I waited almost another year. I finished my undergraduate degree and I started a two-year master’s program. As the episodes of passing out grew closer and the reality of the danger came to the foreground, I made a plan. I would get pregnant in September so that I could have the baby in the beginning of the summer, be able to stay home with her/him until September, when I would start school again for my final year. At that point, I would only go to school and not work any longer. I had quit my part-time job and gotten a full-time social work position while attending school full time as well to save up money. I was as ready as I could be.
I had to pick a sperm donor. It is the strangest thing to look through lists of prospective fathers and try to pick them based on height and hair color and career choice. I cannot put into words how weird it is to know that if you choose one donor over the next, you will have a totally different child than you would have otherwise. And the characteristics you choose are not the same as those you use when choosing a significant other. People don’t think about if a man is too short, has brown eyes instead of blue, or has an uncle with heart disease. When you pick a sperm donor, you do.
As much as you’d like to think you aren’t, you are essentially creating a designer baby. I narrowed my list by these characteristics: Over six feet (as I am short), no weight problems (as I have some and didn’t want a double whammy), a negative blood type (as I am Rh- and it would make things easier not to worry about potential blood types), fairly intelligent, no family history of health problems, and preferably not white. I ended up choosing a 6’1″ 180-pound Indian pediatrician with a B- blood type.
My fertility doctor told me that because I was so young and had no history of fertility problems, he wanted to track my ovulation via ultrasounds every few days, but he wasn’t going to give me any fertility medication. After weeks of tracking, he decided that I don’t ovulate naturally, so he used a low dose of drugs to stimulate my ovaries. And then… there was an egg. When the egg was mature enough, I came in and he used a tube and a syringe to put those little swimmers right up next to my fallopian tube. He assured me that this would be a quick process, and he wouldn’t be surprised if I got pregnant on my first try — but I didn’t.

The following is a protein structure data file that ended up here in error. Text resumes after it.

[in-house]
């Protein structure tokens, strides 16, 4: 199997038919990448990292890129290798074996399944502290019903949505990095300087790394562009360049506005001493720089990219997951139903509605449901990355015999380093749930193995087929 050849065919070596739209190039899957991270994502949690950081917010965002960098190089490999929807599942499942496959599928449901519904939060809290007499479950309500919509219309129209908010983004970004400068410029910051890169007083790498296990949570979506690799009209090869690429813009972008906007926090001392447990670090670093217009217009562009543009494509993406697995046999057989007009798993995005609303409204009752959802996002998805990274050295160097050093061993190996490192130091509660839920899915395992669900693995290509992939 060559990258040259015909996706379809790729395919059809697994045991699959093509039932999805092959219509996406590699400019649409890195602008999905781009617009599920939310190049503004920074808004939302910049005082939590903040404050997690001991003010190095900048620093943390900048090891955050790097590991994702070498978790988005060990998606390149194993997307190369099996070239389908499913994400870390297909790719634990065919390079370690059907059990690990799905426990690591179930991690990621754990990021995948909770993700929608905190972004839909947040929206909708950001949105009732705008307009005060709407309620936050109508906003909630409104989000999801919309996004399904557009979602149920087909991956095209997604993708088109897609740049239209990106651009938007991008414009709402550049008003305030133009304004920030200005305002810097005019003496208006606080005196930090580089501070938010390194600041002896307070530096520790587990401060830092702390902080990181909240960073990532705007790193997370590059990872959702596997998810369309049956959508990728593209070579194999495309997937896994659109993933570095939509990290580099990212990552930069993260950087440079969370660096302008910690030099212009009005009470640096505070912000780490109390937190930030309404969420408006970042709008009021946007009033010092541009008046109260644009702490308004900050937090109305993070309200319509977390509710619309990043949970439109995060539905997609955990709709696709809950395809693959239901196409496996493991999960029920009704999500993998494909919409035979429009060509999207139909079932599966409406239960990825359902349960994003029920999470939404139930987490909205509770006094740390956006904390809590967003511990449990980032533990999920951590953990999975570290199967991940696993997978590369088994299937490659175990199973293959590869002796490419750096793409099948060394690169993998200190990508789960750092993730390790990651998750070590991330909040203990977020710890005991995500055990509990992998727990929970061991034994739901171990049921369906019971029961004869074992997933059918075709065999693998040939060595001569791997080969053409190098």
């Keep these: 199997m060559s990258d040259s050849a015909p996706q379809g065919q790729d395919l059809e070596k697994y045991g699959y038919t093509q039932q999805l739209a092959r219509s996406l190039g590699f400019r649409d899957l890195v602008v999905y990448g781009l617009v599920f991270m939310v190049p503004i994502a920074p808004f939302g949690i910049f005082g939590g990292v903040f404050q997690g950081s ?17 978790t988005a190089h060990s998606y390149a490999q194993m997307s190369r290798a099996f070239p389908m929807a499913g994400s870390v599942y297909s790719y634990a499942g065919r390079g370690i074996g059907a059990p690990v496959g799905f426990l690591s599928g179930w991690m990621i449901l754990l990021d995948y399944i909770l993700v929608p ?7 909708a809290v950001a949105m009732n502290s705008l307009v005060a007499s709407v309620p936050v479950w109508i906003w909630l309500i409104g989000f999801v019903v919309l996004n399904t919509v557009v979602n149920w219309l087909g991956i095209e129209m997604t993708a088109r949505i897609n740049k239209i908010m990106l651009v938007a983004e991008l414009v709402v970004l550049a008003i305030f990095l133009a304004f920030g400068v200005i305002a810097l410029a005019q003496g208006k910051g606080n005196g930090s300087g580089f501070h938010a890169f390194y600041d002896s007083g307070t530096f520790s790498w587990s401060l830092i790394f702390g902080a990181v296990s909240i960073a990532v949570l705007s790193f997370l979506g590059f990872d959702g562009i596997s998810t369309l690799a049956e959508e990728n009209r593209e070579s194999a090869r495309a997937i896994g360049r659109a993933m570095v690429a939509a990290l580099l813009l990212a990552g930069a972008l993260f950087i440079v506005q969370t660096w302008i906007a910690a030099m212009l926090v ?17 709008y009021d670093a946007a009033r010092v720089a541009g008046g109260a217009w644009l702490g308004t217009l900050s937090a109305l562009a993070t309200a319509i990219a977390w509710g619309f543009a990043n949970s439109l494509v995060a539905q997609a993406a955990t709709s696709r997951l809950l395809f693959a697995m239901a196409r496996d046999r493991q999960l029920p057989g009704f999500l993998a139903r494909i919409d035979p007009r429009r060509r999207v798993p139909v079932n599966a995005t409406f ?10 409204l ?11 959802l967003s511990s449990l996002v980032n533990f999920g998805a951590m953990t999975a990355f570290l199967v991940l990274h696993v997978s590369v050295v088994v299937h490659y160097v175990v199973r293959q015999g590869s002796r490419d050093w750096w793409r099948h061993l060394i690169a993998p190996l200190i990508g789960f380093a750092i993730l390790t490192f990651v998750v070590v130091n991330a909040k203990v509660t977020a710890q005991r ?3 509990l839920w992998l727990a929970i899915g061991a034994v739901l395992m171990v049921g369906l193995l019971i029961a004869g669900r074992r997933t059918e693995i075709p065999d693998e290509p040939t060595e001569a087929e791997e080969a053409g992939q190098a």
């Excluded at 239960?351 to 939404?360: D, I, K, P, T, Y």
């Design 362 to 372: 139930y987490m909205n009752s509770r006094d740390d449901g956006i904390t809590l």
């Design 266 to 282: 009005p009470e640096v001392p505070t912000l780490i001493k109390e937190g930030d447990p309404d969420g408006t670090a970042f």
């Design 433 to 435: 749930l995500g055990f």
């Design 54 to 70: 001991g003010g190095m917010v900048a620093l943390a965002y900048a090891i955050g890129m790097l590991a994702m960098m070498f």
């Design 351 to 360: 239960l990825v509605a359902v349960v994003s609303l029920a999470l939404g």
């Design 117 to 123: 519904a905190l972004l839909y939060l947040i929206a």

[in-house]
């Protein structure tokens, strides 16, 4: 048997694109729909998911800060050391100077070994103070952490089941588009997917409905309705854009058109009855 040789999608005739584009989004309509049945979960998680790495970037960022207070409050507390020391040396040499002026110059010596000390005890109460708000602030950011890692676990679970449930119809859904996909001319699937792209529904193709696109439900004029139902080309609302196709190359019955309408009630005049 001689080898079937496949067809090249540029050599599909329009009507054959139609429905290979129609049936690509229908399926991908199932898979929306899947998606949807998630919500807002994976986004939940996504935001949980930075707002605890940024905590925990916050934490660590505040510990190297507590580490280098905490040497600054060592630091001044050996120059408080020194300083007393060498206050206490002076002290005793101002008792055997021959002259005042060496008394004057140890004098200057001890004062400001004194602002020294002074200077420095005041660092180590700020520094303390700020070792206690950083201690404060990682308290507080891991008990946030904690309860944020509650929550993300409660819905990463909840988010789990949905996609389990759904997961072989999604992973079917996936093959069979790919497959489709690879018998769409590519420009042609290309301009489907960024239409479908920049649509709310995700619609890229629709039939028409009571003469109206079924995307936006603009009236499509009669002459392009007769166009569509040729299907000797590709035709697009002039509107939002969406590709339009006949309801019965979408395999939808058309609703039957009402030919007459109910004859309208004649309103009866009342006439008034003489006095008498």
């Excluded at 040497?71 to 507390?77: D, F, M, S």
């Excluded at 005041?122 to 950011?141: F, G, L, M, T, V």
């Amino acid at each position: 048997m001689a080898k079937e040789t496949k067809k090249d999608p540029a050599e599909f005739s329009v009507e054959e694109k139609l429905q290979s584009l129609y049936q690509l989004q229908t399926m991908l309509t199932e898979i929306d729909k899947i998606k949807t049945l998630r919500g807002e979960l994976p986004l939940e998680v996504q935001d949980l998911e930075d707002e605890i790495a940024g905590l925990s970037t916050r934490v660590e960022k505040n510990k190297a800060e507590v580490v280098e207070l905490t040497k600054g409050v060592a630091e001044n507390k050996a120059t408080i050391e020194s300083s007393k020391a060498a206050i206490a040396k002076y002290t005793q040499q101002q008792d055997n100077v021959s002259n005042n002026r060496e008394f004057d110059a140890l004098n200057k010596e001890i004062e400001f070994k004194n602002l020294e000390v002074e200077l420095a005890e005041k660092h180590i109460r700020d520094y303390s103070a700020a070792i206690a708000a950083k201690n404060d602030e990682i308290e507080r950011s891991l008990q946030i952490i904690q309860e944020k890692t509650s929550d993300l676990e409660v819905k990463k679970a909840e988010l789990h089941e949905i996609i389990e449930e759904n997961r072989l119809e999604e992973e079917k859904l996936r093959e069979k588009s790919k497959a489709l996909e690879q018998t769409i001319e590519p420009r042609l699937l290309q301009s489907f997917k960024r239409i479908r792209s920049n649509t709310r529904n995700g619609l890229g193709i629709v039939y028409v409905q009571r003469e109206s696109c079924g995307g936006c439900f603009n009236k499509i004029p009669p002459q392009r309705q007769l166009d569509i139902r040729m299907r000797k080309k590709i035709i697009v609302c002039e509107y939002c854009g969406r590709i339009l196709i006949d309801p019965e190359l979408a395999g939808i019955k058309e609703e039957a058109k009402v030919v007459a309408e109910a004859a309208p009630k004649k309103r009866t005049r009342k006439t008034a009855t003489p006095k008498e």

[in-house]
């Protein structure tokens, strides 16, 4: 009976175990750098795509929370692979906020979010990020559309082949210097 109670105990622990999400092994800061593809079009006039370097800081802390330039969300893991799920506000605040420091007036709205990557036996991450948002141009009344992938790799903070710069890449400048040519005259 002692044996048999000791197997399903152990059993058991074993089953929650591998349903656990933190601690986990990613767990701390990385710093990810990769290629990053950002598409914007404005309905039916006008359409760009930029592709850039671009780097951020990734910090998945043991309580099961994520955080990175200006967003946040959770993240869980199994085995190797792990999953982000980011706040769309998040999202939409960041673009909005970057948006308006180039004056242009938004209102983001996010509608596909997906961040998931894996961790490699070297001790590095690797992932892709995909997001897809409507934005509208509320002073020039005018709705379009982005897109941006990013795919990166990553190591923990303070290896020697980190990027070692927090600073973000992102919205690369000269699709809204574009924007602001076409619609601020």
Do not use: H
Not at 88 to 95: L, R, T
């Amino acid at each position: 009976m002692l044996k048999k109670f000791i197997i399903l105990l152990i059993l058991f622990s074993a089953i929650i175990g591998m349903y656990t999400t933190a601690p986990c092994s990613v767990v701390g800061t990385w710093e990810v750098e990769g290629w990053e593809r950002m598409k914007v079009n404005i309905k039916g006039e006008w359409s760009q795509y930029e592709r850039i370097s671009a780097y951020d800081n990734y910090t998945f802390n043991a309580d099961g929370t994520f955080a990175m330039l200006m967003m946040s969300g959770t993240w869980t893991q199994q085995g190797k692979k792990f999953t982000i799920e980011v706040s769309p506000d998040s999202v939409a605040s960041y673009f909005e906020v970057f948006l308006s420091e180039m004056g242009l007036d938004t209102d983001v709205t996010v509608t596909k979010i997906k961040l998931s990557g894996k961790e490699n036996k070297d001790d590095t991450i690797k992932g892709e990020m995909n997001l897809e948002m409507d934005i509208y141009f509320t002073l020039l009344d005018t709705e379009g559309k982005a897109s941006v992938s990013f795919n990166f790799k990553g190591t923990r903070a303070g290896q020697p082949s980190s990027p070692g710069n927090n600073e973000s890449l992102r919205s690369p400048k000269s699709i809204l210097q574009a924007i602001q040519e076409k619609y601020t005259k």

Then I passed out while I was taking a bath, and I woke up just as the water was rushing down my throat. I decided enough was enough.
I got my period on my 21st birthday. My doctor wasn’t discouraged. He wanted to try again. When I didn’t ovulate easily again, he upped my meds. I produced two eggs this time. I was sure I was pregnant with twins. But I wasn’t pregnant at all. Or the next month. Or the one after that.
Then I passed out while I was taking a bath, and I woke up just as the water was rushing down my throat. I decided enough was enough. I was going to do in-vitro fertilization. Amazingly, my insurance company covered a lot of the cost due to my medical problems. After the grueling process of giving myself daily needles and driving to the fertility doctor practically every day, he did an egg extraction and removed 14 eggs. He placed a single sperm inside each egg and let those suckers stew for five days. I had originally wanted two embryos placed so that I would have a better chance of success, but I decided to try one the first time, and two the next time if I needed to try again. Five of the embryos were good quality, so I had four frozen and one inserted.